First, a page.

State vital records are the local government-sponsored recording of vital events such as birth, marriage and deaths, divorces and adoptions. These records are critical to Irish-American research in that they provide a wealth of information, especially the United States death certificates. At least most states' statutory certificates request death certificate information to include 1) names of parents, 2) specific place of birth (may not always provide this data), and 3) the date of birth; sometimes the date and place of marriage and to whom and whether the spouse is deceased at time of death. These online indexes reside in various places and formats. For the researcher's convenience, we have listed below the Web sites and Web page links to these vital records.
Information for obtaining copies of vital record certificates of births, marriages, deaths, etc. can be obtained by visiting:
At an additional cost, you can 'rush' order certificates via www.vitalchek.com, which helps obtain certificates--if ordered online by cutting the time it takes to mail to the state vital records office and saving the time normally taken for state offices to mail you the certificate--a savings of from 3-7 days. However, some state offices may take up to 2 months, occasionally more to mail documents out to the requesting public. And a rare few states, i.e. Pennsylvania which, ironically and peculiarly, require you to provide them with the exact date of the vital event or they may refuse to issue the certificate or record--the very information most researchers desparately seek to obtain by request!
The cost is anywhere from $12 to as much as about $25 per certificate or more depending on postal options used, or, whether "certified" or not.
Currently most states have some free online indexes which have been produced by volunteers over recent years. Here are several online "gateway" sites providing the researcher with a number of opportunities of finding pertinent data on ancestry at some or no cost:
- Wee-Monster - a gateway site to numerous online state links
- Deathindexes.com - see this website's state listings for nation-wide searches for vital records online, state by state
Indexes to the certificates can be viewed at the following websites (click on the two-letter state links):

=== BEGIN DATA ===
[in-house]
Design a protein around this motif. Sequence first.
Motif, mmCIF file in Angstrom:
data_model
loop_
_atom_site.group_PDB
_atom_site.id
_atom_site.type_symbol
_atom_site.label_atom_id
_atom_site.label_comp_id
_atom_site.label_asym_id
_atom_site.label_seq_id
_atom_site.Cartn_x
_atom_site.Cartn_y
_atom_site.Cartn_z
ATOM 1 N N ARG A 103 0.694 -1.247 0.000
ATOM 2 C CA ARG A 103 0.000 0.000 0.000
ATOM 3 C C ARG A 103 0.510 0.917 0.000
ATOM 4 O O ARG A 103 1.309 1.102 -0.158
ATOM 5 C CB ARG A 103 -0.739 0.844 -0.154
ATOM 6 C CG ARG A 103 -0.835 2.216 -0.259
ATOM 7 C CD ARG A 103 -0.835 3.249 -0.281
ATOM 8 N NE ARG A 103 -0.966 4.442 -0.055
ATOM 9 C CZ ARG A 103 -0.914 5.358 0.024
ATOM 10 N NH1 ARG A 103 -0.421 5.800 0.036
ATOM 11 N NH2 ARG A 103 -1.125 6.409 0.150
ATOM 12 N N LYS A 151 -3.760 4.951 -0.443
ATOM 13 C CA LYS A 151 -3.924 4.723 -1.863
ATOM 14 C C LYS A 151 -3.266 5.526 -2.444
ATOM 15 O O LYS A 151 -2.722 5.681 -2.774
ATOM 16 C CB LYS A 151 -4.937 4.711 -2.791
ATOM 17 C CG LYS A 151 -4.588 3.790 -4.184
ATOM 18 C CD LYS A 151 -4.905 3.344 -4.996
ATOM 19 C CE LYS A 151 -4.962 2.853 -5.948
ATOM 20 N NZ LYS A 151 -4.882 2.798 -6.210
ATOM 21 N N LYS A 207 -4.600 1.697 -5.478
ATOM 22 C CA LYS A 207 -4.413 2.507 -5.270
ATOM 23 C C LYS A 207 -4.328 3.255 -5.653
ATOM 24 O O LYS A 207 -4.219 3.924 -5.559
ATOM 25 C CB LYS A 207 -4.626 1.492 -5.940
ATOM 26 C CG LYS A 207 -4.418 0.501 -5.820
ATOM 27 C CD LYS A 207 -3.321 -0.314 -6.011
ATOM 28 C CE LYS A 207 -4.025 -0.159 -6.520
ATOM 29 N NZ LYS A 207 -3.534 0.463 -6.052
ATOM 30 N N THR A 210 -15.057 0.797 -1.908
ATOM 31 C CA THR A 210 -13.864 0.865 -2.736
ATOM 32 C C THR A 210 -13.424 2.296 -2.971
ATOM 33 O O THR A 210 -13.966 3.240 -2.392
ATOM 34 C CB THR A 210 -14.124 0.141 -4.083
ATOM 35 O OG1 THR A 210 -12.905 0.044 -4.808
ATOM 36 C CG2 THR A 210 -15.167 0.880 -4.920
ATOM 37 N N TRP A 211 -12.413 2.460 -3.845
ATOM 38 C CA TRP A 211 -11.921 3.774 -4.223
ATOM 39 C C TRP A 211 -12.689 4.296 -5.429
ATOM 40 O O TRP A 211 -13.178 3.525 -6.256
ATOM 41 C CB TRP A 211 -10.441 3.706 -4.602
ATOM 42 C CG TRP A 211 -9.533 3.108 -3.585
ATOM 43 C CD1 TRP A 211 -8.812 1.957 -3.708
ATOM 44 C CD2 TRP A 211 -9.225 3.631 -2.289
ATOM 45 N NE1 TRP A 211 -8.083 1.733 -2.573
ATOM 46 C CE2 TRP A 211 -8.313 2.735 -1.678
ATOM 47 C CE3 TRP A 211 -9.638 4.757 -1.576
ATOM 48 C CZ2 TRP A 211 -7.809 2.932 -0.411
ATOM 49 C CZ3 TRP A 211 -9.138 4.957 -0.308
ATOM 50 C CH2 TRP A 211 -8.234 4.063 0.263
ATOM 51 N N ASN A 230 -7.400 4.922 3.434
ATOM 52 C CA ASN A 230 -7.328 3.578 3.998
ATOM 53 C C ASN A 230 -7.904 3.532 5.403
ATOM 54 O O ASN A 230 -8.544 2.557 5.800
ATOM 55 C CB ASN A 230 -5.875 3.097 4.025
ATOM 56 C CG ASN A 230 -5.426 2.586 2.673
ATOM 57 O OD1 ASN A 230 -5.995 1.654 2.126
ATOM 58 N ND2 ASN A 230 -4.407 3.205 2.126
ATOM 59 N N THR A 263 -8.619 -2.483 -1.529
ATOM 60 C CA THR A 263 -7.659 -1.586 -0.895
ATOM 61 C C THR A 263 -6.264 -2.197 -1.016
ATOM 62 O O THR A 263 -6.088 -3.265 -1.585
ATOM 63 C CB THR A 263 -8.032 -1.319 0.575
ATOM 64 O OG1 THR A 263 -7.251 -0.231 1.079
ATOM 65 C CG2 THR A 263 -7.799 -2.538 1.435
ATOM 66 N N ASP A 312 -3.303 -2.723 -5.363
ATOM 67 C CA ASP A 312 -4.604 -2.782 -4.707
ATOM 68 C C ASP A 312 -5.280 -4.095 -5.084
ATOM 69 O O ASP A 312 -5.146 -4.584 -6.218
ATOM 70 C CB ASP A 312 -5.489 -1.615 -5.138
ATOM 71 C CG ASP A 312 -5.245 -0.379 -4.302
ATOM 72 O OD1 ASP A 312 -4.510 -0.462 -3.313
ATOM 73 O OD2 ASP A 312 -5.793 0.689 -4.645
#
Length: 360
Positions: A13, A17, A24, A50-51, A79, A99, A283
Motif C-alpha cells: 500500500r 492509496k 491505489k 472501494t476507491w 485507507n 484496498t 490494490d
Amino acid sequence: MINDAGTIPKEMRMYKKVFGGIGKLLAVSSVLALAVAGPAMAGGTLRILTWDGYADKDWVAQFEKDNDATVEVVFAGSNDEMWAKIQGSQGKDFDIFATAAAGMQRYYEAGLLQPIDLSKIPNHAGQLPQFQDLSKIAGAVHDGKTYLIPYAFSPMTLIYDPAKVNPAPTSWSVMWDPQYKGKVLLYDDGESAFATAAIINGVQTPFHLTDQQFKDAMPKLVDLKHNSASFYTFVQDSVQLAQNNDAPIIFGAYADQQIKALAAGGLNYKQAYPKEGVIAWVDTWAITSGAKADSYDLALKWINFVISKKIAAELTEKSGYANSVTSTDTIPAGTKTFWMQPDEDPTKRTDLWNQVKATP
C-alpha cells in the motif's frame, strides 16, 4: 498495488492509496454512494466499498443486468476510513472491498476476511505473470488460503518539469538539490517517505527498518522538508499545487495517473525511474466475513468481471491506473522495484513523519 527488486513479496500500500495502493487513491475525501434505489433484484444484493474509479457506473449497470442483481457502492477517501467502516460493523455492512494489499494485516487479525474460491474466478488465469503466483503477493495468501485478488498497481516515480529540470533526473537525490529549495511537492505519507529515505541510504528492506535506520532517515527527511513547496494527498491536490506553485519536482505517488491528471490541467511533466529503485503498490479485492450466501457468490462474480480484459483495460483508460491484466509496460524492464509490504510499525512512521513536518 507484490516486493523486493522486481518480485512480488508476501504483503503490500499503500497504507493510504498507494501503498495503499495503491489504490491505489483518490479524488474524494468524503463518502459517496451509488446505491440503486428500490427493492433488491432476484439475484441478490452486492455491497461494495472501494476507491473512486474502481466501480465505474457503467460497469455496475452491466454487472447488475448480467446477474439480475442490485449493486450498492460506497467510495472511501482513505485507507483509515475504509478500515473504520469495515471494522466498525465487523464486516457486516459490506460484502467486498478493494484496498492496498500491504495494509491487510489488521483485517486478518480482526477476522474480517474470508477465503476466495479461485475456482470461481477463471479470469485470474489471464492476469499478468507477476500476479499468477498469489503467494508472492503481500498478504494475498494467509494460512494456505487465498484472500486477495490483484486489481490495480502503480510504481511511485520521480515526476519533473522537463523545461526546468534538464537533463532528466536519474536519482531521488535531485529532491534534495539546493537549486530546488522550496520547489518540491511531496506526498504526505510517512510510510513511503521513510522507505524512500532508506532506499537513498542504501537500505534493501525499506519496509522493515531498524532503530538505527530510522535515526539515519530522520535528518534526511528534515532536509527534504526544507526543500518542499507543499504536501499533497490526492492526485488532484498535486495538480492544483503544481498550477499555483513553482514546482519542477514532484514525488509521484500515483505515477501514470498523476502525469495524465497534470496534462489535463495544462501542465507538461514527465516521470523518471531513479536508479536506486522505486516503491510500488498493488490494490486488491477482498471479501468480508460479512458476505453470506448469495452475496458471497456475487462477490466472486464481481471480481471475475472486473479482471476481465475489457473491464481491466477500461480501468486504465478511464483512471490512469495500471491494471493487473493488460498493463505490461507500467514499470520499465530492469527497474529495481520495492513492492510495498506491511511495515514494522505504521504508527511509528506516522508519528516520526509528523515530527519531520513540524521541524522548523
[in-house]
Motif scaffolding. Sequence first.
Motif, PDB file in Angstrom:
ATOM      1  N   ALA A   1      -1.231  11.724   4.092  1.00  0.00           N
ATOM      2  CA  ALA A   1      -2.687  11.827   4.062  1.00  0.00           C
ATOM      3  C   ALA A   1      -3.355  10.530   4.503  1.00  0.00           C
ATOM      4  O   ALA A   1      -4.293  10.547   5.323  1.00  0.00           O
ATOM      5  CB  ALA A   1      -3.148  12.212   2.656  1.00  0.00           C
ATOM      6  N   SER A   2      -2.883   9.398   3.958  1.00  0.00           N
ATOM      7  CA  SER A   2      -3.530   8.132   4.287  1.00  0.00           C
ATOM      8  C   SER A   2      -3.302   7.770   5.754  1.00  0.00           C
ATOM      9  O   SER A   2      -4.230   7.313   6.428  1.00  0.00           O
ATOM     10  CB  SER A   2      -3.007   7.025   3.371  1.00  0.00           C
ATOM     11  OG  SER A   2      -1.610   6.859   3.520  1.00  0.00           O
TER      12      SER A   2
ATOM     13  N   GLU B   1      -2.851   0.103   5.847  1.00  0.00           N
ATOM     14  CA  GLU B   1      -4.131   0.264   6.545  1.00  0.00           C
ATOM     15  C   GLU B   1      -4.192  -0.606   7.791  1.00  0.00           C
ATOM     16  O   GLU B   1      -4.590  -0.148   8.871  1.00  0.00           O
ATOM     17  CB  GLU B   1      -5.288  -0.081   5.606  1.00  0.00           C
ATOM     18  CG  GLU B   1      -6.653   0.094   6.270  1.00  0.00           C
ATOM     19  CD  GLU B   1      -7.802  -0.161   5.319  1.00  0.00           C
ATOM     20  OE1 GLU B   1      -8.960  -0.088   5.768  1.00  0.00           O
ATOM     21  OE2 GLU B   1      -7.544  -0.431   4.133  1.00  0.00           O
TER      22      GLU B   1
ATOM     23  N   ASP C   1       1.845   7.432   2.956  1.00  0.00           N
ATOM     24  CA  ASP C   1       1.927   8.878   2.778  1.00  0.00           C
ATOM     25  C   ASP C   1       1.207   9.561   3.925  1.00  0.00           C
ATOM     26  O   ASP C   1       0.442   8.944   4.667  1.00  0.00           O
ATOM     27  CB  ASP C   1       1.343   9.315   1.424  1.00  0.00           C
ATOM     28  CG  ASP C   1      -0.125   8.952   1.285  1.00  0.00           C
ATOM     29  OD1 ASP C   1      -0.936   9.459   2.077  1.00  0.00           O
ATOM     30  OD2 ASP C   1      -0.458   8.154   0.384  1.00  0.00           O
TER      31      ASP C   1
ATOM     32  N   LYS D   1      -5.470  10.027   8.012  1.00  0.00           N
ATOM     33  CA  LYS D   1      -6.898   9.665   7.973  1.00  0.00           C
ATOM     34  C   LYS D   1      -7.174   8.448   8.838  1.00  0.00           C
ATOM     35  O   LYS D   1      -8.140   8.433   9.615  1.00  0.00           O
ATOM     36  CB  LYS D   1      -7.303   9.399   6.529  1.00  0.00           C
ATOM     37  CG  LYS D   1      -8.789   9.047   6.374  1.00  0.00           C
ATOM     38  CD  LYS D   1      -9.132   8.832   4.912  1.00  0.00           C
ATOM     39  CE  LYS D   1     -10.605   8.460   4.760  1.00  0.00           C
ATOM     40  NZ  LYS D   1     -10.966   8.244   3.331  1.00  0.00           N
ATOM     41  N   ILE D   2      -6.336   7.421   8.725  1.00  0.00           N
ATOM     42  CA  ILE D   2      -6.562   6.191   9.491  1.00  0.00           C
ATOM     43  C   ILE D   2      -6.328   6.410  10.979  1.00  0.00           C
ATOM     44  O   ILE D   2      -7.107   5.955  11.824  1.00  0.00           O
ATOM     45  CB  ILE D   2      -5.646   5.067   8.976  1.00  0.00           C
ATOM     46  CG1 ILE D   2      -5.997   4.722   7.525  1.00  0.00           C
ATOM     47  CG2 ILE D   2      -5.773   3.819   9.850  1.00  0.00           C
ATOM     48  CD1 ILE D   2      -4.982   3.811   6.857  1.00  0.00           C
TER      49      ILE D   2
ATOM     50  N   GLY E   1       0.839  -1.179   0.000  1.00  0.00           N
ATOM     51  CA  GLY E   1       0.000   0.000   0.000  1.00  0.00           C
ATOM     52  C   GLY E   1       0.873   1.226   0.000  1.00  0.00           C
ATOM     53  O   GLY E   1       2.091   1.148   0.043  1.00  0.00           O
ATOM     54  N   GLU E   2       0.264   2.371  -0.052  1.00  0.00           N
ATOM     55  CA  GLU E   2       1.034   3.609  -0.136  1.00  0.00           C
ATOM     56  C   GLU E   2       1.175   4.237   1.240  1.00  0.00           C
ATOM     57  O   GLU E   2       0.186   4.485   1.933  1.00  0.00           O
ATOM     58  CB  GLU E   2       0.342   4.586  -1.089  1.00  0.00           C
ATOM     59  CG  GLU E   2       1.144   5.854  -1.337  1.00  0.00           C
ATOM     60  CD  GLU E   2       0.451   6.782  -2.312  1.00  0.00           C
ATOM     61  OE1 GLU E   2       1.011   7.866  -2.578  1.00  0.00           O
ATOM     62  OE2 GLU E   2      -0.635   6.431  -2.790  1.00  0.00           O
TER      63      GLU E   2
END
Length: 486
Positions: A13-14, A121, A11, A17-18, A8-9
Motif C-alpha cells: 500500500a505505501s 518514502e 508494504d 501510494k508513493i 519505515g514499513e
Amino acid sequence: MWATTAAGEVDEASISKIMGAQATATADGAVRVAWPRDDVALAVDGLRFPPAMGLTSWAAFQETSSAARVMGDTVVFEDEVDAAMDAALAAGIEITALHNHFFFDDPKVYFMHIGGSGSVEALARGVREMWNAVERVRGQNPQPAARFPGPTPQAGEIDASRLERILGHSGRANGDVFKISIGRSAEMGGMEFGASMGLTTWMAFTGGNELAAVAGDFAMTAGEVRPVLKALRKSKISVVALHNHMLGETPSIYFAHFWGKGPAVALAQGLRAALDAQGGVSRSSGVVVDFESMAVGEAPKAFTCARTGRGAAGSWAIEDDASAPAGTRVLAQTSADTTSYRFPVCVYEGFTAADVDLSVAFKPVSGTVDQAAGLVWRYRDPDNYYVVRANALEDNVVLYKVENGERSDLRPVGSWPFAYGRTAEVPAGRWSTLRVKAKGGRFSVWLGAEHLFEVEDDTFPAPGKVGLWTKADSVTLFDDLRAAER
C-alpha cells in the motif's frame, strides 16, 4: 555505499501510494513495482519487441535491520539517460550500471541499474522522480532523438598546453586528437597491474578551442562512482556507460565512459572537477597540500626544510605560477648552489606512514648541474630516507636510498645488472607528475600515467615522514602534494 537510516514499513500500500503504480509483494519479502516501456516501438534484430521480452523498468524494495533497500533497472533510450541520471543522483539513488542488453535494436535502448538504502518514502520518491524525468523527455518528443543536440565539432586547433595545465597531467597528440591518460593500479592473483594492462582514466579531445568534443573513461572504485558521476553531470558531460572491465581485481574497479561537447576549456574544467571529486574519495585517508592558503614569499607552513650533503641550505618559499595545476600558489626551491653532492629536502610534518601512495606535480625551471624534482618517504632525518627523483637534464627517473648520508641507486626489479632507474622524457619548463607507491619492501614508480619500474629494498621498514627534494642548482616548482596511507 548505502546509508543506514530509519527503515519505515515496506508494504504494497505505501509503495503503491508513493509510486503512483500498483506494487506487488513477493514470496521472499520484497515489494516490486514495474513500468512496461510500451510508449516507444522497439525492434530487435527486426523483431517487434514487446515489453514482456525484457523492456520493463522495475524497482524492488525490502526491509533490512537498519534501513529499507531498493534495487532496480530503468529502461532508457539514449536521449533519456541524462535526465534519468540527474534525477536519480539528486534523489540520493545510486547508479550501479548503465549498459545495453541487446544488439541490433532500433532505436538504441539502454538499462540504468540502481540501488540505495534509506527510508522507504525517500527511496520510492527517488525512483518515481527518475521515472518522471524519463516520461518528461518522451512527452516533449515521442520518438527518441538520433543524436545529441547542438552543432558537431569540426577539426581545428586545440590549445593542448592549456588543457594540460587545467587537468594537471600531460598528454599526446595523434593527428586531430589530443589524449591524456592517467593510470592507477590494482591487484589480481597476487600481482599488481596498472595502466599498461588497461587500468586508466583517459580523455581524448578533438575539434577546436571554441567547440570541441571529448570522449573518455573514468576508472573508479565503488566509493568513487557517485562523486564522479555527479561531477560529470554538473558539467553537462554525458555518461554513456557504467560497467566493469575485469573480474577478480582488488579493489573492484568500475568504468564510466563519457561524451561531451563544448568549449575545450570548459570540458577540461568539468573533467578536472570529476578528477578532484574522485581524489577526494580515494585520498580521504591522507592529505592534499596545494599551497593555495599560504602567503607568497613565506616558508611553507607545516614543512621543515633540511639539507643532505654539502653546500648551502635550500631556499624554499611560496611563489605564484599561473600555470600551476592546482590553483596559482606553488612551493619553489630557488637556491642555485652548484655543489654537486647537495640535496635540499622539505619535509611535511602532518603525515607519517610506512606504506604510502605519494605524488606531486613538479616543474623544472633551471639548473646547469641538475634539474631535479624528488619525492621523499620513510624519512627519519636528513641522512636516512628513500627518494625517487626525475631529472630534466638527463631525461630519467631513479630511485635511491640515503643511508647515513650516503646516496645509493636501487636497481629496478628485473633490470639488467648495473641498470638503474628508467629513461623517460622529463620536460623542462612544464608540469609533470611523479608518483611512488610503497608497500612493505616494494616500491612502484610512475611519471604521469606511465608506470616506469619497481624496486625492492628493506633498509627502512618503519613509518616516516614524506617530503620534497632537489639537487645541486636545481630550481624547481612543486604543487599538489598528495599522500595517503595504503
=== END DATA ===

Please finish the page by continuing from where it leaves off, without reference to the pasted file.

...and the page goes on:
Other Indexes at no cost:
FHL Favorites online, under U.S.A.--see1) "Emigration/Immigration"; 2) "Newspapers" (obtuaries); 3) "Cemeteries"; 4) "Church records" for numerous listings of links, state by state
Other indexes (fees apply) include
www.ancestry.com This index is very complete and offers better coverage of indexes. Easy quick searches for large periods of time. They have Canadian Border Crossings from 1895, St Albans VT Crossings from 1894, and other immigration record databases available, online.
Many of our Irish emigrant ancestors came to the United States, illiterate, in poverty, and many suffered with lingering health deprivations, i.e. from the Great Famine. The promise of a new and better life in the United States, hinged on finding work in this country. While difficult at first for many emigrants, due to the opening up of frontier lands, a booming and expansive industrial and manufacturing complex, tens of thousands of emigrants labored in railroad building and steel manufacturing works, and canal systems especially throughout the east and midwest. Many settled into new farmlands, or were hired on as farm-hands and others as domestic servants throughout the more established regions of the country.
Some personnel records for major, i.e. railroad companies, construction, road-paving, steel manufacturing and others have survived. Search for any surviving records in the following locations:
- the Family History Library Catalog (or FHLC) at FamilySearch.org - Enter the company name, then click on "Occupations" for state, county or town